1. I gave her cereal before I gave her a drink
2. I gave her the wrong drink
She ended up having a chocolate nutritional supplement instead.
I was scared for today. I'm not sure of what I was most afraid of; finding out she has a condition, or finding out all the tests were normal. Part of me hoped the tests would reveal something so we could start treating it and have closure, while the other part of me wished it would all be normal and I could wake from this dream to find Zoe a healthy, normal, developing child. I suppose I'm still grieving.
We picked Daddy up at noon and began our trip to Toronto's Hospital for Sick Children Metabolic Genetics department. Daddy was tired, so I drove. That is until a transport truck nearly hit me from behind in Oakville. I was forced to slow to 70 because of a traffic jam, meanwhile, the transport truck was still doing 100, and only changed lanes when he was within one inch of hitting us. Scared, I turned off on the next exit and switched spots with Mike. I've only ever driven the 401 at night when it's an empty road, not when it's as crowded with psychotic drivers in heavy vehicles capable of killing others.
I was supposed to meet a friend for lunch (Sorry, Laura!) but didn't make it. We finally arrived at Sick Kids at 2:00pm and made our way to the Metabolic Genetics department, where the kids, both Zoe and Isaiah, played with the toy kitchen, coloured and watched Phineas and Ferb. Finally, 3:00pm rolled around, and to say I was nervous is to say the least.
"Is this Zoe?" the nurse asked. I replied that it was and promptly sent Mike a text message to get his and Isaiah's butts back to the clinic, as we were about to go in. The nurse took all of Zoe's measurements; head circumference, weight, height.
Height: 90.1cm (2' 11.47") (5th Percentile)
Weight: 27.1 pounds (12.3kg) (6th Perentile)
Head Circumference: 44.3cm (17.4in) (-2.9 Standard Deviations)
The head circumference growth was good news. That was up .3cm since they last saw her.
The nurse asked a few questions, mainly about any new developments, positive or negative, and we told her about the seizures Zoe has been having, and that she is already scheduled for an EEG in September. We also let her know about the saccadic eye movements and the clonis reflex in her left leg. The nurse and the resident doctor we saw next tested the reflex and the clonis wasn't evident, suggesting it is a post-seizure reflex. We explained to her, the resident, and the geneticist that the neurologist in Hamilton (who actually used to work at Sick Kids with Zoe's geneticist) suggested that because Zoe's seizures only appear to happen in her sleep, that she's having two seizures; one, a small one, somewhere in her brain, to wake her up in the night before she has her visible seizure, followed by the visible seizure. All three of them said it made perfect sense.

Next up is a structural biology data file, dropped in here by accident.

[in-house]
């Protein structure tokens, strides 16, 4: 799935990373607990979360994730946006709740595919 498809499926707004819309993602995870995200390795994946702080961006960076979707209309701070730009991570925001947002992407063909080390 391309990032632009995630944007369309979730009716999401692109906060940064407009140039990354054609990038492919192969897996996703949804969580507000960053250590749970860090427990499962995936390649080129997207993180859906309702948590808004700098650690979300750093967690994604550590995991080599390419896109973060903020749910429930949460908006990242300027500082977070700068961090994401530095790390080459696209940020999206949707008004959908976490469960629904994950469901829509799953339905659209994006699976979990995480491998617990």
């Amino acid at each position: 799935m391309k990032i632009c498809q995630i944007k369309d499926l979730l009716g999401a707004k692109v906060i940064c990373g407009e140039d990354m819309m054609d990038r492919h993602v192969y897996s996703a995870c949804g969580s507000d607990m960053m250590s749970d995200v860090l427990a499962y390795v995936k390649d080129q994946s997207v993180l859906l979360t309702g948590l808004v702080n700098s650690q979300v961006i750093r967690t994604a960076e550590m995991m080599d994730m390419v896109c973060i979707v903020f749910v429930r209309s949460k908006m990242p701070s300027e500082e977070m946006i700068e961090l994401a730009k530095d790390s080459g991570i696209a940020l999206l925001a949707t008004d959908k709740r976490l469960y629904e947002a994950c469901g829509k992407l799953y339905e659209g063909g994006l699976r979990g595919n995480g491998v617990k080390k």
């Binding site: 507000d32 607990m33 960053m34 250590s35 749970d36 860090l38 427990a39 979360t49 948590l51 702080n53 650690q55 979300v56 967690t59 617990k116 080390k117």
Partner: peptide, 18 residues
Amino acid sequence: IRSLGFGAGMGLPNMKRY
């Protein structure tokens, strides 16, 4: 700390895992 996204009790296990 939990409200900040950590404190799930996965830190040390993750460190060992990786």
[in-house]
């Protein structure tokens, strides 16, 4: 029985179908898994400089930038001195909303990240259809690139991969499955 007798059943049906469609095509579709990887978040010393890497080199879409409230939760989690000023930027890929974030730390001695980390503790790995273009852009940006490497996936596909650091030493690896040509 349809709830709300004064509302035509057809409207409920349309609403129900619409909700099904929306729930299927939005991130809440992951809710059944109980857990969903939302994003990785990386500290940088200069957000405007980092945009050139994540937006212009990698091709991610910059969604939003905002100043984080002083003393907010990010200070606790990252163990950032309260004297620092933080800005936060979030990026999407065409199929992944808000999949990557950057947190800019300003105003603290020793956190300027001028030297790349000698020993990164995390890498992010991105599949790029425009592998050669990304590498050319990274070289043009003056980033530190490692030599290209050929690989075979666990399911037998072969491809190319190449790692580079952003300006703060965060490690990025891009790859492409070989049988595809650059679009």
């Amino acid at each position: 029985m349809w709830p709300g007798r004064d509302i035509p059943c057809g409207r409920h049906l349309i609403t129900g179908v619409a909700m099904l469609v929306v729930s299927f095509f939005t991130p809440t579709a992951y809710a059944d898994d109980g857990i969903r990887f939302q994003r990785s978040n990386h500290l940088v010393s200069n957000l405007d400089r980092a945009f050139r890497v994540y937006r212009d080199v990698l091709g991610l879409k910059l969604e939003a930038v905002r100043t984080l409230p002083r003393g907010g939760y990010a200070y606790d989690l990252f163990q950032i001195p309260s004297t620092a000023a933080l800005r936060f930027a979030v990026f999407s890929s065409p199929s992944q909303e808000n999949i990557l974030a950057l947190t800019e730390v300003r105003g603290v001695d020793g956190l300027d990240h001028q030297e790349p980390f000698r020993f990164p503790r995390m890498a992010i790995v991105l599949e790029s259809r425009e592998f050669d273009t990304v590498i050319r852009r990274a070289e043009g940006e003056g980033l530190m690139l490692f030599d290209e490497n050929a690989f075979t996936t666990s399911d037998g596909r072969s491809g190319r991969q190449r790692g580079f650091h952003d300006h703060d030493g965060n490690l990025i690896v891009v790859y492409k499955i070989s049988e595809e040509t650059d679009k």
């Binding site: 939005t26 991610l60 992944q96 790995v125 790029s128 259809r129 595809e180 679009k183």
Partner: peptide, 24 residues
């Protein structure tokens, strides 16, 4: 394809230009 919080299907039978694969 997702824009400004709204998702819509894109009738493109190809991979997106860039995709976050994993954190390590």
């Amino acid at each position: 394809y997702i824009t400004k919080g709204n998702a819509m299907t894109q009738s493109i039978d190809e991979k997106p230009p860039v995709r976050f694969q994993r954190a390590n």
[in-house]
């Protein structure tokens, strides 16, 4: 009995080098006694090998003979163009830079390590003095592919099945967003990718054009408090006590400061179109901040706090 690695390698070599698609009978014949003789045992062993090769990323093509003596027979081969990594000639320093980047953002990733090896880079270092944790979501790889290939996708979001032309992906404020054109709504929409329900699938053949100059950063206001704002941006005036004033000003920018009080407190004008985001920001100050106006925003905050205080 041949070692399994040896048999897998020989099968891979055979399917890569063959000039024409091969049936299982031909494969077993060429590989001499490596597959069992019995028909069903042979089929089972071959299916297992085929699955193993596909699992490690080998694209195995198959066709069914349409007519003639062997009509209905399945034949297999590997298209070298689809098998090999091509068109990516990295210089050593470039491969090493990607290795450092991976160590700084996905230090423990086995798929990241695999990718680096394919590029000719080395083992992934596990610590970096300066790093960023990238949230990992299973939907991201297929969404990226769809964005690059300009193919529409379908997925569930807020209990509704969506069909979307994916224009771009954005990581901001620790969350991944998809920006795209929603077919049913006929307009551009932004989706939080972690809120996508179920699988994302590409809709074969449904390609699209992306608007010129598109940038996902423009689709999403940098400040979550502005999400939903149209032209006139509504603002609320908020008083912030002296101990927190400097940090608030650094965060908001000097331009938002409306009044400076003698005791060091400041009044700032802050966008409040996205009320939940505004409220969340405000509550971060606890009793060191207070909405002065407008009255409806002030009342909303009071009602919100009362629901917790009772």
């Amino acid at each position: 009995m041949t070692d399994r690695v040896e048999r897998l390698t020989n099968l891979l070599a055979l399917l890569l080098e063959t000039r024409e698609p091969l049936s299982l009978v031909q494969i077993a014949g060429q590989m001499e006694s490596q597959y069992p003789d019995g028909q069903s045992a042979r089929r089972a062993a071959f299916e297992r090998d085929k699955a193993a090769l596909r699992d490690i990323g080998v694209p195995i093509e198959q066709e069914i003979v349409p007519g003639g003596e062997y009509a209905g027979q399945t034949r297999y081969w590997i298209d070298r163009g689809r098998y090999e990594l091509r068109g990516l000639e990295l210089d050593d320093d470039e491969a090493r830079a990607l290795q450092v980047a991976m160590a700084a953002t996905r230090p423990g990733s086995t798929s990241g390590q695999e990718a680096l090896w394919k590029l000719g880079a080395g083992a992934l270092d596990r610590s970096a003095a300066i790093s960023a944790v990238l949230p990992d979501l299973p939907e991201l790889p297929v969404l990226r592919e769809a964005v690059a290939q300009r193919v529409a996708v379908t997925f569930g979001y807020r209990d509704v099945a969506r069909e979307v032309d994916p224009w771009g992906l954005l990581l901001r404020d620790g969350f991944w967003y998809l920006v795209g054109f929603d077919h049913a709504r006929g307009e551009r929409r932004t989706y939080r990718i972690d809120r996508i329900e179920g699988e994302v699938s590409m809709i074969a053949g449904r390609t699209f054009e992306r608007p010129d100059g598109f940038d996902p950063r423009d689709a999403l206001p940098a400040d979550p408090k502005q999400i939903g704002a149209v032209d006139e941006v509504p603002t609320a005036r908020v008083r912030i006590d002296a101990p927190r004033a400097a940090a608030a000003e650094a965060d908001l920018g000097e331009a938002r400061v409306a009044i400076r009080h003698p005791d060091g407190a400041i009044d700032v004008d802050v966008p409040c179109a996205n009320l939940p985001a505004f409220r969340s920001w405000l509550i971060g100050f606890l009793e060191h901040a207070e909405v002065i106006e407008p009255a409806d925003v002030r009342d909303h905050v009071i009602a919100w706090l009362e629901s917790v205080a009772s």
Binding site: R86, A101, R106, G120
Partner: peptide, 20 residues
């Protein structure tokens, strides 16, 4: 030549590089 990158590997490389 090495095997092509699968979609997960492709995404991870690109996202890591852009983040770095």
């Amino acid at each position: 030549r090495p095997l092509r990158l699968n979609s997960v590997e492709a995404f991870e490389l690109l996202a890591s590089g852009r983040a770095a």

Finally, it was time to get the results.
The geneticist came in and told us that her microarray testing was normal. The basic mitochondrial testing was normal. All tests but one were normal. She tested for elevated amino and organic acids, but he suggested that it may have been because she ate before her test. Honestly, I can't remember that small detail. The geneticist wanted to see if that would lead us down any path, and ordered the amino and organic acids retested. He also ordered a test called MIDNA Depeletion Panel, which is a more advanced mitochondrial test only available in the USA. Her bloodwork will be sent to a lab in the States for testing, and thankfully, it is covered by OHIP. He also is referring her to an opthamologist. Finally, he is having ordered a repeat MRI to be completed between December 2010 and June 2011 to check on the progression of the condition. Barring any abnormal test results from the MIDNA depletion panel, she will see him again next July.
Finally, we asked him if he has ever seen a case like Zoe's before, and he said yes. He has been seeing a little boy for six years who presents with the same MRI pattern, the same delays, the same symptoms, the same facial features; he says as if they could be twins. But before we got our hopes up, he quickly told us they've been putting him through tests for six years and still have not found a gene, a sign, a positive test, a diagnosis. He has been through every test they can give him, multiple times, and they cannot find a diagnosis. All the geneticist is doing for him now is treating his symptoms, repeating MRI's once a year and seeing him for followup once a year. He said given the young boy's circumstance, we shouldn't hold out hope; it is likely we will not ever find out what Zoe's condition is.
Which begs the question: If we know it is unlikely we will find out Zoe's condition and what is causing her microcephaly, is there a point in continuing to put her through the torture of test after test, when we know what the outcome will be?
It's a struggle, but we'll take it one step at a time. We will probably continue testing for now, because it's possible that maybe she has something a little different than this young boy does, and maybe one day we'll find a clue or a path to explore. For now, the puzzle pieces lay scattered across the floor, and they all fit somehow, but how they all fit together, is something we're still trying to figure out.